One of the features I was recently excited about with the release of Windows Server 2012 is Data Deduplication. I decided to kick the tires with this in my lab environment for my Windows Server 2012 system which is both a Hyper-V servers and provides my Virtual Machine Manager library. The screenshot below shows my three drive configuration which has a C drive for the OS, V drive for virtuals, and a Y drive for software media and templates. The goal is to enable data deduplication on the V and Y drives for this server.
Adding the Data Deduplication functionality in Windows Server 2012
Let’s add the data deduplication feature: http://blog.powerbiz.net.au/features/data-deduplication-in-windows-server-2012/. Add the data deduplication part of the File and Storage Services Server Role:
Installation documentation is available at http://technet.microsoft.com/en-us/library/hh831700.aspx, or http://technet.microsoft.com/en-us/library/hh831434.aspx or http://blogs.technet.com/b/filecab/archive/2012/05/21/introduction-to-data-deduplication-in-windows-server-2012.aspx.
Determining benefit to data deduplicating a drive:
This feature provides a program called DDPEVAL.EXE (c:\windows\system32) which can assess estimated disk file space savings from using data deduplication. The example below shows the results when it was run for my 3.63 TB Y drive shown at the top of this blog post. On a large volume like this drive the process may take a significant amount of time to perform. For my lab environment with relatively slow drives this took about a couple of hours to run for my 3.63 TB volume. Results shown below: (45% estimated space savings percentage with no compression is impressive!)
Activating Data Deduplication on a volume:
To configure data deduplication on a volume, open the server manager, File and Storage Services, Volumes.
Right-click on the volume that you want to configure this for and choose the “Configure Data Deduplication” option.
Enable data duplication, and configure how old files need to be before they can be deduplicated.
File extensions can be excluded, and a schedule can be configured for when the deduplicate this volume as shown below.
Note: Per (http://technet.microsoft.com/en-us/library/hh831700.aspx) if you enable throughput optimization the system will use up to 50% of the system’s memory for the optimization job (which would probably not be a good idea on a highly memory utilized Hyper-V server as an example).
Once data deduplication has been activated for the volume the fields are added the deduplication rate and savings fields are now populated as shown below:
If a volume is not supported for data deduplication the option is grayed out as shown below where the C drive is not allowed (system or boot volume):
What does it run?
Using resource monitor we can see the ddpeval program and what files it’s accessing while it’s assessing the benefits to data deduplicating a volume.
Where can’t data deduplication be used?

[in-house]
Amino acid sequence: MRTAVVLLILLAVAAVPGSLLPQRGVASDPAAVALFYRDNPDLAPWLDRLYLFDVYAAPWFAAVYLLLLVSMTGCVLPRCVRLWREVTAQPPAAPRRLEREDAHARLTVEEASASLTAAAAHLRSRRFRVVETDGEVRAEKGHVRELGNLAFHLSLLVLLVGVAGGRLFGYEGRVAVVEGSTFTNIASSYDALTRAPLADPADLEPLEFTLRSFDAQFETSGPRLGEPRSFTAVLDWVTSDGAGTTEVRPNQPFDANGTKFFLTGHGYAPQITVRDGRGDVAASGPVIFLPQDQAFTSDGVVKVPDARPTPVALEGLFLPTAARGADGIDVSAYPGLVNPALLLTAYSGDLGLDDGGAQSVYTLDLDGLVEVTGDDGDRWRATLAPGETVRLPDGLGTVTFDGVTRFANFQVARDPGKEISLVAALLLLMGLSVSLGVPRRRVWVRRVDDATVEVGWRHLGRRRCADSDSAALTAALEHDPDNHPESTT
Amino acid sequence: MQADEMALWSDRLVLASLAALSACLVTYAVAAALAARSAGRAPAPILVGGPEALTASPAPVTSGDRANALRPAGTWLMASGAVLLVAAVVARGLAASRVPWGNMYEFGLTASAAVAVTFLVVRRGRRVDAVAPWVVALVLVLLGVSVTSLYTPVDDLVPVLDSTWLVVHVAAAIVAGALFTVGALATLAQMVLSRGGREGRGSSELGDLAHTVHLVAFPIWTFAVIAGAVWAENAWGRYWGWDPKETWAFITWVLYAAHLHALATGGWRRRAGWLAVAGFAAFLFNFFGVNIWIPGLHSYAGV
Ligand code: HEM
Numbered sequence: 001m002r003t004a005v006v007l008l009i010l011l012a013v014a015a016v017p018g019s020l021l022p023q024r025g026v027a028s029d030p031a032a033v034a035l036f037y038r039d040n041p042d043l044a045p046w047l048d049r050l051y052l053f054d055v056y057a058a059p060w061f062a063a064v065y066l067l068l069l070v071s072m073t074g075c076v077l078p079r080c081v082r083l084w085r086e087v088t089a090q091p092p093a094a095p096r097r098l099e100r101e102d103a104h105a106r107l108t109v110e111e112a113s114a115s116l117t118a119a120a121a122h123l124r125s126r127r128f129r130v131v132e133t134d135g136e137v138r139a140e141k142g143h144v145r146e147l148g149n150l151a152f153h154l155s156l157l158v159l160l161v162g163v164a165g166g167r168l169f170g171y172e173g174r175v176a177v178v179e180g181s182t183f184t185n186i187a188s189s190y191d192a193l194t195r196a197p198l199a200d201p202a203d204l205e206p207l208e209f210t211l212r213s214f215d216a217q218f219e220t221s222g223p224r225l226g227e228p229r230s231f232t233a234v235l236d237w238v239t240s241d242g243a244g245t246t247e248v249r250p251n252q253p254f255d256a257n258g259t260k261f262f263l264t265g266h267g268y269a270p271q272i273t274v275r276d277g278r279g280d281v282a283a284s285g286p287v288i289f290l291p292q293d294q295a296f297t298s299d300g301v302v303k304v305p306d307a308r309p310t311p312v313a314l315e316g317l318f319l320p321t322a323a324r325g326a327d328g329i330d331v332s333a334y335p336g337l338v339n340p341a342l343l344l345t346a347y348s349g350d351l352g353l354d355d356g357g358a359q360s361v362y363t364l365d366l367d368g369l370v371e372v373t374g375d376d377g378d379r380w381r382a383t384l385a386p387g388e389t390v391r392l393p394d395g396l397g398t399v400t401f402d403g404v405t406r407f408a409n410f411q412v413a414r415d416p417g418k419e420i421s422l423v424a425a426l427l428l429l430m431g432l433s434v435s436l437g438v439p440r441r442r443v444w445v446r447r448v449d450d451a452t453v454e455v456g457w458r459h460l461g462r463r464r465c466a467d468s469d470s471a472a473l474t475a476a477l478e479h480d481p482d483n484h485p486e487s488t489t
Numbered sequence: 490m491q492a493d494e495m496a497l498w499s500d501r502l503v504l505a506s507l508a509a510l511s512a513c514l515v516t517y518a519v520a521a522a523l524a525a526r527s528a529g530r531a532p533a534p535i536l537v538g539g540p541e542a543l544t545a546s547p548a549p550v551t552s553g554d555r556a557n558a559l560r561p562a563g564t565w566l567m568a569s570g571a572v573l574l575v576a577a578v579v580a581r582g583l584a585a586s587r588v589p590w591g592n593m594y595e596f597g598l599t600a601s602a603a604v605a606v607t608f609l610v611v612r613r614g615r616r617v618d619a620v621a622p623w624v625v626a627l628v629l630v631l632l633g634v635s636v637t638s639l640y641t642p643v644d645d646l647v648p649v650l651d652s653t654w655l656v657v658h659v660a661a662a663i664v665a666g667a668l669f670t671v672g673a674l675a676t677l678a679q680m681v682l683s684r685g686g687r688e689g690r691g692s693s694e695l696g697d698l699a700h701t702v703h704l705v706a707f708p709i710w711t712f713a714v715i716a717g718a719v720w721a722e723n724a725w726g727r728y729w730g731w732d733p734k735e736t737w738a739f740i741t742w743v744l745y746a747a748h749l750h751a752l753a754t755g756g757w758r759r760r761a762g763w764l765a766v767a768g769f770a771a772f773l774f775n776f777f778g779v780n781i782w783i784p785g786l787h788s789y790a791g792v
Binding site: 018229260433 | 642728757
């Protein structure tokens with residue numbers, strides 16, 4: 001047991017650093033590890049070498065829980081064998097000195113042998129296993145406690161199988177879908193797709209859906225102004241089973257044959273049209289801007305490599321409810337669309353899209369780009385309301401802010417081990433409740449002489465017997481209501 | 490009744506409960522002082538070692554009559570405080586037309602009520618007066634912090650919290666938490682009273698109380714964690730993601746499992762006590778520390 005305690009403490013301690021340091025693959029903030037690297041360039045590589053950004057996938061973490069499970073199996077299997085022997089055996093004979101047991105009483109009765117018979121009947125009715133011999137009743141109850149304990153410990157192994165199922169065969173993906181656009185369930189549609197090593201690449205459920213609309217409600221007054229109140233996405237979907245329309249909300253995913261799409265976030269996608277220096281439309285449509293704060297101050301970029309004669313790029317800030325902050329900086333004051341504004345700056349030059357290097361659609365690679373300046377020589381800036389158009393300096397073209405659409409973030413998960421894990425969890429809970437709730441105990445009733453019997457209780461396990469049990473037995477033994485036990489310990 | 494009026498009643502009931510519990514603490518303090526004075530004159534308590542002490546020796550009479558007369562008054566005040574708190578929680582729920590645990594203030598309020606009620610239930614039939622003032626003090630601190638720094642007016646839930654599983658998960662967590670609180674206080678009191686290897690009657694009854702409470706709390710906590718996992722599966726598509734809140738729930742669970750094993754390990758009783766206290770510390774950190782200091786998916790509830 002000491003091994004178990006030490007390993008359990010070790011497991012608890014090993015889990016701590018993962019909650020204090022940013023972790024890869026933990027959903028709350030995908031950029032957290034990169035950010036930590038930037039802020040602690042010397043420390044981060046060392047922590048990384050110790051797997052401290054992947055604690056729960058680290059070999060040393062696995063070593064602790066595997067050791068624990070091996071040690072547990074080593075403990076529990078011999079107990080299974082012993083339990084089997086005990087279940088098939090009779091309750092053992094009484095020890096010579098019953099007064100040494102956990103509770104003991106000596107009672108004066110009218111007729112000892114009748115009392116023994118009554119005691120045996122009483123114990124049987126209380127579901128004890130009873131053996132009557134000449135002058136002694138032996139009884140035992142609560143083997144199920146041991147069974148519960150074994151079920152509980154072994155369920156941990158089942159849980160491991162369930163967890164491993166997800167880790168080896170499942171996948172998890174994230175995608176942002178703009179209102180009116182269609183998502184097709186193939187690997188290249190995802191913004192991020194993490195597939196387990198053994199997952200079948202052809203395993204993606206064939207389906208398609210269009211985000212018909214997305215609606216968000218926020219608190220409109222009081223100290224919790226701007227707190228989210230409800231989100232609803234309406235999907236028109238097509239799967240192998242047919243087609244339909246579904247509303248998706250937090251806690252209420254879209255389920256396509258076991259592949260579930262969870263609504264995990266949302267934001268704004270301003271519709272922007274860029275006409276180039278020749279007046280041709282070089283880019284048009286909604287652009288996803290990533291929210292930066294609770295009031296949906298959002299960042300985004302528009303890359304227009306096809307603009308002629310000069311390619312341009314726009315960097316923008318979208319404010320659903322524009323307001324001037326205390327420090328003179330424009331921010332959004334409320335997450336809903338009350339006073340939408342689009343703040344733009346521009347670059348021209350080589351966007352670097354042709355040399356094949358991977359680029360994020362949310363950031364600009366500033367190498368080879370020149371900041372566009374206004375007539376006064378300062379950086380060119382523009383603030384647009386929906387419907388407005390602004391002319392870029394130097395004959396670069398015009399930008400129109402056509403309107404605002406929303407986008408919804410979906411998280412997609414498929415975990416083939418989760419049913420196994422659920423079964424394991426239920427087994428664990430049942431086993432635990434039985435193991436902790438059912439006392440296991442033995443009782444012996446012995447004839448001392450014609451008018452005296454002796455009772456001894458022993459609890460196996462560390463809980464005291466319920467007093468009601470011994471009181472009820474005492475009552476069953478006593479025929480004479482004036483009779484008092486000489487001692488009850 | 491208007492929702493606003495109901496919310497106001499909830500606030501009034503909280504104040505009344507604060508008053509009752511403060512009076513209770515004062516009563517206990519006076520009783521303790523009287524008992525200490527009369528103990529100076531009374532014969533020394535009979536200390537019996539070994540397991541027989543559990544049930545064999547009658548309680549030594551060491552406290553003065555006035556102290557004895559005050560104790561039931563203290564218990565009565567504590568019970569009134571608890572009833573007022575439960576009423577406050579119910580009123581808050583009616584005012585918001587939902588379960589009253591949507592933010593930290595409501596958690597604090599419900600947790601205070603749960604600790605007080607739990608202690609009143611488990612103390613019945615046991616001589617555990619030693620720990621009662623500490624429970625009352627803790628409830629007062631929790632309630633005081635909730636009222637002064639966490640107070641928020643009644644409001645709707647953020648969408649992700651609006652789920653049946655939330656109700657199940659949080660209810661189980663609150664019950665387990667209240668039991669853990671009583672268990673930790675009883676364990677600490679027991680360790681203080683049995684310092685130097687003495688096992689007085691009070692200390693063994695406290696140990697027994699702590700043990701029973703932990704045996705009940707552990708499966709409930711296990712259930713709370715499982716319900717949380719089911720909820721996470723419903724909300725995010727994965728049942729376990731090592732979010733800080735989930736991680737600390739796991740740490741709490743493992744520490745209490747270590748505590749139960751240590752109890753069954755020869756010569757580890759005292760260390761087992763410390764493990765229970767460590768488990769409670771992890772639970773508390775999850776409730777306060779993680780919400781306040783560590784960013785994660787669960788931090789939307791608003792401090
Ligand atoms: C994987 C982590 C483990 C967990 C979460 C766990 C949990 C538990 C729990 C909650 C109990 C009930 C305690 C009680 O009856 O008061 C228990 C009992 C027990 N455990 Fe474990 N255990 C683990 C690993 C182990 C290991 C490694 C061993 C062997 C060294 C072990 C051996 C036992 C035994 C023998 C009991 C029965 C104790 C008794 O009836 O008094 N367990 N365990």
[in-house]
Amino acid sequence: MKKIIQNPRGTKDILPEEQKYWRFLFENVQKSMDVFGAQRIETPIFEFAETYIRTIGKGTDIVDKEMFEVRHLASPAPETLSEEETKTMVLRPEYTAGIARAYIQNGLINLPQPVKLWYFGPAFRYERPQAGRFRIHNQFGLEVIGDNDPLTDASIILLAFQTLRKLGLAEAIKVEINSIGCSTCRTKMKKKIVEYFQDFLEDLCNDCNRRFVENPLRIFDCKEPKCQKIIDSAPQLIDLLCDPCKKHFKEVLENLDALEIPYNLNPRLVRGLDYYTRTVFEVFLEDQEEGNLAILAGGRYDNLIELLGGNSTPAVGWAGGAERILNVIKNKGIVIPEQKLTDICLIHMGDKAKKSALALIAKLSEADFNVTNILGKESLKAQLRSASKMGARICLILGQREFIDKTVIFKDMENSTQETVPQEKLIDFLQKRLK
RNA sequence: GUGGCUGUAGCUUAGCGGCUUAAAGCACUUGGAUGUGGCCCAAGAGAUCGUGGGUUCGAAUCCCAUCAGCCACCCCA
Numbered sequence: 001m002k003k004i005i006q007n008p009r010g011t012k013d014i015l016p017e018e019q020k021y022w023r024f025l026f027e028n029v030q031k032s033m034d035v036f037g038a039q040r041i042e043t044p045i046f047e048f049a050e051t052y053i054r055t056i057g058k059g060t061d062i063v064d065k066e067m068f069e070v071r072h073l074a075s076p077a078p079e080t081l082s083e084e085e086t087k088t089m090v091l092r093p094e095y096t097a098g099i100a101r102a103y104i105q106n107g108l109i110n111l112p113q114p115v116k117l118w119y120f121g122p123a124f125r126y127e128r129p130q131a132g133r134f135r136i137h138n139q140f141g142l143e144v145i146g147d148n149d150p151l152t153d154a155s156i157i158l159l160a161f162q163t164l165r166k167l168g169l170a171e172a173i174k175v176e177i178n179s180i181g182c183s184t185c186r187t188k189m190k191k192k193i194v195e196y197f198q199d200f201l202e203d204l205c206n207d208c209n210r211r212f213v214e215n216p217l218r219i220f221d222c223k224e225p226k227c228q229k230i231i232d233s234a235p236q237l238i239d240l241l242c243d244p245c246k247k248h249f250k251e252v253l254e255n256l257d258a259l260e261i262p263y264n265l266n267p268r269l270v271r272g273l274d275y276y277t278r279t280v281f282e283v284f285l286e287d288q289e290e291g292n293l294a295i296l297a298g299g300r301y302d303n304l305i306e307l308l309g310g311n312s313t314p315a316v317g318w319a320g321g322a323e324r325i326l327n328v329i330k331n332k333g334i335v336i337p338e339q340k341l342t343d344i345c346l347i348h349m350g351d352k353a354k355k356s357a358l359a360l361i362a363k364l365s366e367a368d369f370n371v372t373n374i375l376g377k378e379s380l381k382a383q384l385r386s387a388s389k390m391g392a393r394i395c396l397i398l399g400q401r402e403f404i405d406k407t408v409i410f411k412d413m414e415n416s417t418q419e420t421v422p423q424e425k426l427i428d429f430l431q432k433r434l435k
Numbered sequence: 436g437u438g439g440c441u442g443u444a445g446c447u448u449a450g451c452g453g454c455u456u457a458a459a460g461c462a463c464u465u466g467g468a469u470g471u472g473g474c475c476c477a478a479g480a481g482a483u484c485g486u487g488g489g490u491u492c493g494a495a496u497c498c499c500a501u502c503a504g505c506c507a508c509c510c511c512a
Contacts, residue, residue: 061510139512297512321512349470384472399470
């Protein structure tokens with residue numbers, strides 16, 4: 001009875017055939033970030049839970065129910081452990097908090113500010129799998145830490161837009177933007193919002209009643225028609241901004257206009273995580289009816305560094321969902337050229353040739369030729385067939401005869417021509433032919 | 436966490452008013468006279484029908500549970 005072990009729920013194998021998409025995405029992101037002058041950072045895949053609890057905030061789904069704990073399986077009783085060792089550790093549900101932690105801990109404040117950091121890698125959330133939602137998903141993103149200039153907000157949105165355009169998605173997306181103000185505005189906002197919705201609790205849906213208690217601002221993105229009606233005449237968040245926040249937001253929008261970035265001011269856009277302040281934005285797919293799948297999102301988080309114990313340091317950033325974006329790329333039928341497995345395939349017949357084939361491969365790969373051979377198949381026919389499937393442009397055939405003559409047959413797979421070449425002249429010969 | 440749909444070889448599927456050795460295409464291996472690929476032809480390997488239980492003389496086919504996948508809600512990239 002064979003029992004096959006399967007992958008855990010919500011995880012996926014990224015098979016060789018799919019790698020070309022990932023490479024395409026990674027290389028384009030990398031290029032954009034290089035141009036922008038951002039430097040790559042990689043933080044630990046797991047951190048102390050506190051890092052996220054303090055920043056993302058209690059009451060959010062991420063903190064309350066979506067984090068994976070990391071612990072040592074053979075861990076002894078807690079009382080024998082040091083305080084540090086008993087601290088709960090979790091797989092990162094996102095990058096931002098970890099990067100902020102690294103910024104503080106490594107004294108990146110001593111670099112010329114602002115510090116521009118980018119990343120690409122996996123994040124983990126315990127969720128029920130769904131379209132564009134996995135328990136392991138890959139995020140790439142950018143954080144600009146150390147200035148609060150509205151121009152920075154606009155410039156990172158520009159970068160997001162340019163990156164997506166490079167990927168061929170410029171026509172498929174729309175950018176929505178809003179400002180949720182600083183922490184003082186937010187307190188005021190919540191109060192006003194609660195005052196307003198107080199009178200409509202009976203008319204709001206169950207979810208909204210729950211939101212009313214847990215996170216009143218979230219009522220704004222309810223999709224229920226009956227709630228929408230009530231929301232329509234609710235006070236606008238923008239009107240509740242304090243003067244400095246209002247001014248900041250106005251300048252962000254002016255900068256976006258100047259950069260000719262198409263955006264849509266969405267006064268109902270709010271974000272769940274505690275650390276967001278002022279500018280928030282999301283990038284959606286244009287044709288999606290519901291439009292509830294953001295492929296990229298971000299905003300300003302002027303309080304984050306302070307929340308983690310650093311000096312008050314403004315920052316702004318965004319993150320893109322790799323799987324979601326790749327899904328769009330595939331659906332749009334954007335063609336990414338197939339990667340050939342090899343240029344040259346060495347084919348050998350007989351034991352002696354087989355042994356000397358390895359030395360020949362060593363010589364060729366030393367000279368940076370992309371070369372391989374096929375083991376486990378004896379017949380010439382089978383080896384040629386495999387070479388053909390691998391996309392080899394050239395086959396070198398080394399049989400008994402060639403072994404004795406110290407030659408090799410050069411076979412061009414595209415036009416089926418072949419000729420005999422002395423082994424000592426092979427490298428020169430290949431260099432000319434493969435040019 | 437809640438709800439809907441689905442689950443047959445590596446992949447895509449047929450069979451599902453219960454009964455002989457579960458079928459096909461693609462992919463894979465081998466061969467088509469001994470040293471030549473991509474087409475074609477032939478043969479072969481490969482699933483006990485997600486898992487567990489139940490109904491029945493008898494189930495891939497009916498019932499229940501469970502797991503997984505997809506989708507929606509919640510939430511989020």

What we can’t use dedup on: (subset from http://technet.microsoft.com/en-us/library/hh831700.aspx)
What are the expected disk space savings?
The following is a great sample what we should expect to save in disk space from http://blogs.technet.com/b/filecab/archive/2012/05/21/introduction-to-data-deduplication-in-windows-server-2012.aspx.
So what about result in my lab environment?
Let’s see what it says will be gained on my Y drive which stores my software media.
Results one day later:
After one day (and re-opening Server Manager), the results were as shown below:
Testing my V drive – 932 GB with 555 GB free – now has 626 GB free (71 GB additional space).
Testing my Y drive – 3.63 TB with 831 GB free – now has 919 GB free (88 GB additional space).
Results four days later:
After after four days (and re-opening Server Manager), the results were as shown below:
Testing my V drive – 932 GB with 555 GB free – now has 634 GB free (93.3 GB additional space).
Testing my Y drive – 3.63 TB with 831 GB free – now has 1.08 TB free (285 GB additional space).
Results one week later:
After one week (and re-opening Server Manager), the results were as shown below:
Testing my V drive – 932 GB with 555 GB free – now has 680 GB free (143 GB additional space).
Testing my Y drive – 3.63 TB with 831 GB free – now has 2.42 TB free (1.63 TB additional space).
Results after the leaving the system online with deduplication configured:
Several months later I returned to this blog post and found the following results:
Testing my V drive – showed that it had a 43% deduplication rate and had gained 417 GB of additional space through deduplication.
Testing my Y drive – showed that it had a 69% deduplication rate and gained 1.69 TB of additional space through deduplication!
Or before and after screenshots shown below:
I am extremely impressed with the disk savings seen in my Hyper-V servers in my lab. I have since activated this on all of my Hyper-V servers for the drives where I store my virtuals.
There are several types of drives (including the system or boot volume) that dedup cannot be used on.
It can take some significant amounts of time to complete the full deduplication process and there needs to be sufficient disk space and memory available on the host to effectively deduplicate the volume.
Resources and links:
- Adam Rafels provided a great writeup on this that I wish I had found prior to starting mine which is available at: https://www.catapultsystems.com/arafels/archive/2012/08/09/windows-server-2012-data-deduplication.aspx
Additional recommended links: